The Life of Pi is a novel by Yann Martel, first published in 2001. It told the story of a boy whose family is shipwrecked while moving their private zoo’s animals from French India to Canada. It was thought to be unfilmable. In Ang Lee’s film adaptation, Piscine Molitor (aka Pi) , played by the delightful young Suraj Sharma, is the only human survivor of the shipwreck. No, I haven’t given the story away. The Life of Pi is open in Turkey, Jordan and other cinemas throughout the Mideast. It faces stiff competition from Peter Jackson’s The Hobbit and Les Misérables, but if you’re looking for a beautiful movie with a thought-provoking environmental connection, consider the Life of Pi.
“We’re dying Richard Parker. I’m sorry.” A tearful Pi says this to a surviving castaway aboard his lifeboat. His companion is a Bengal tiger who was dubbed Richard Parker after a name mix up between a tiger its hunter. Like the novel it was based on, The Life of Pi takes us on a philosophical adventure. It explores the nature of reality, truth, religion and storytelling. Like the book it also contains some fascinating ecological metaphors. We can imagine his lifeboat as Noah’s ark or as a microcosm of our world. As a boy, Pi studied many religions and several of these hold that humans are stewards over our planet.
From Genesis 1:26:
Then God said, “Let us make mankind in our image, to be like us. Let them be masters over the fish in the ocean, the birds that fly, the livestock, everything that crawls on the earth, and over the earth itself!
This is exactly what Pi must do if he is to survive. But as an ethical vegetarian who shares a small boat with a top predator, he finds that this is not a simple task. His strategy mirrors that of human civilization, at first he distances himself from the beast. He builds a ramshackle raft and ties a long rope between it and the more seaworthy boat occupied by the tiger, keeping nature at a distance.
Later Pi makes fun of survival guides by inventing his own which details, “What to do if you are a castaway alone on a lifeboat with an adult Bengal tiger. Step one…” He considers methods of taming the beast much as a circus trainer might. I don’t want to give too much away but the complex symbiotic relationship between man and nature is a recurring theme in both movie and book. Sustainability is expressed most clearly when it is a matter of survival.
There are some disturbing scenes for animal lovers and children. Most involve animals preying on other animals. Pi’s father uses a goat to teach his son a lesson about the true predator behind the seemingly soulful eyes of a tiger. Much of the blood and gore is off-screen and suggested rather than simulated. This makes The Life of Pi much more watchable than so many films whose directors believe special effects should appeal to the prurient interests of our violent civilization.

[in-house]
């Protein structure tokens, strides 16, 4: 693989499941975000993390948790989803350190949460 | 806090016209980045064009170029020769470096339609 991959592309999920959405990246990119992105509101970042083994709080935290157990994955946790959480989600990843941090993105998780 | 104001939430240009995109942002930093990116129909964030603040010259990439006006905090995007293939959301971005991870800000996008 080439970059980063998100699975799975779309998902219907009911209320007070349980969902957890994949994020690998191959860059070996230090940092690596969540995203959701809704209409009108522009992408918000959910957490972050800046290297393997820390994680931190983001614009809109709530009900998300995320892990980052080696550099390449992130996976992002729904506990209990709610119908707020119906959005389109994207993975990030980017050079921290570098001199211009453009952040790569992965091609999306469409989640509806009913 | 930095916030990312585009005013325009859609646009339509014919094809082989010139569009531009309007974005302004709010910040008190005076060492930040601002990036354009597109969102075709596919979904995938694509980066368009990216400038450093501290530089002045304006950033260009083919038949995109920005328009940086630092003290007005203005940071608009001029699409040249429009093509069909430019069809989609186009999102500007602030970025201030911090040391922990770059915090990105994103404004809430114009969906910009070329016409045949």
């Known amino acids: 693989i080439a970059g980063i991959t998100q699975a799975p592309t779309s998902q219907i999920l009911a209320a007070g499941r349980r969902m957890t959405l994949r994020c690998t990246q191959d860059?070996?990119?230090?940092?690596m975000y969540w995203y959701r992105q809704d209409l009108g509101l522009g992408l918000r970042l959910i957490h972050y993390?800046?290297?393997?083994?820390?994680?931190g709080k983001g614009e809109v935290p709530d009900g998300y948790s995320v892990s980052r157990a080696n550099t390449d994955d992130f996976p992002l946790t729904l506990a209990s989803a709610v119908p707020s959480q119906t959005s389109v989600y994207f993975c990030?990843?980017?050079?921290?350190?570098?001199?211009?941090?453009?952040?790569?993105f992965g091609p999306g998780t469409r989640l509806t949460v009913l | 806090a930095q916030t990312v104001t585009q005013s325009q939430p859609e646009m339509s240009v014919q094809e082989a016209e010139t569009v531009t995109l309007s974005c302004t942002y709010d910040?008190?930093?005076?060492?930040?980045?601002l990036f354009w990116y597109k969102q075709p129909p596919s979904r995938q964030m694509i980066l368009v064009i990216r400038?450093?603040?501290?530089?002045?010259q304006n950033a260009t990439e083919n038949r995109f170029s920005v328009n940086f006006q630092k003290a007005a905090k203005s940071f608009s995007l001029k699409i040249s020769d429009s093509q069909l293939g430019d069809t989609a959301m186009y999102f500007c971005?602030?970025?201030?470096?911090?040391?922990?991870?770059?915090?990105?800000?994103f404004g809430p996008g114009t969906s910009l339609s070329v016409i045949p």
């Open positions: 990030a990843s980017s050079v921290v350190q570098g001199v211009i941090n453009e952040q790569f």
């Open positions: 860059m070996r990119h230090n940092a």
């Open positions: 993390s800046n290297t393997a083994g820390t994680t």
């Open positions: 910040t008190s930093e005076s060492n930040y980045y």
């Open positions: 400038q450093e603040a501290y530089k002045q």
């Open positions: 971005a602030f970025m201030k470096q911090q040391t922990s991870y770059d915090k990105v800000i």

Ang Lee seemed to focus much of his special effects budget on creating realistic computer generated (CGI) animal to spare real animals from the horrors of Hollywood. It is mysterious why The Life of Pi didn’t get an official “No animals were harmed” label. Was it that Ang Lee did not feel the need to hire animal rights watchdogs for simulated animals? At least this film doesn’t seem to have triggered the animal cruelty controversy of The Hobbit whose filming location was associated with up to 27 animals deaths. The Life of Pi is proof that it is possible to make a movie about a Bengal tiger without disturbing any of the 1850 remaining in the world.
Ang Lee couldn’t film everything in Yann Martel’s novel but David Magee well-crafted screenplay didn’t leave any gaping holes. Nor did it sprawl out and dilute the book as The Hobbit seems to have. This movie did add something that only the film-making art form can provide. The Life of Pi is a visually beautiful movie that requires neither 3D nor 48 FPS high frame rate (HFR) to enjoy.
This movie’s CGI has finally bridged the so-called uncanny valley which made the simulated life in Jurassic park and Polar Express disturbingly surreal. If real animals were used in this movie it isn’t possible to discern them from their simulations. There are scenes where artistic license was used and the artist chose beauty, poetry and magic over absolute realism or ‘truth’ but if you’ve read the book you’ll understand that that too is what it’s all about.
I have seen pods of dolphins but I wouldn’t have believed they ever reached the numbers portrayed here until I saw the disturbing true-life documentary, The Cove. I have seen luminescent undersea life and can’t prove that they wouldn’t appear as bright in the middle of the lonesome Pacific. Would gazing into the eye of a starving tiger reveal the mysteries of the world’s religions? I don’t think any of us can say.
Pi promises that his story will make you believe in God. I can’t promise that, but it may reveal the truth that even in this world of science and technology, satellite navigation, and 24-hour digital news, we don’t know everything. Admitting that is a good start. And if you haven’t already read the book, you should. The movie Life of Pi was excellent but the book was even better.
Image of Bengal tiger via shutterstock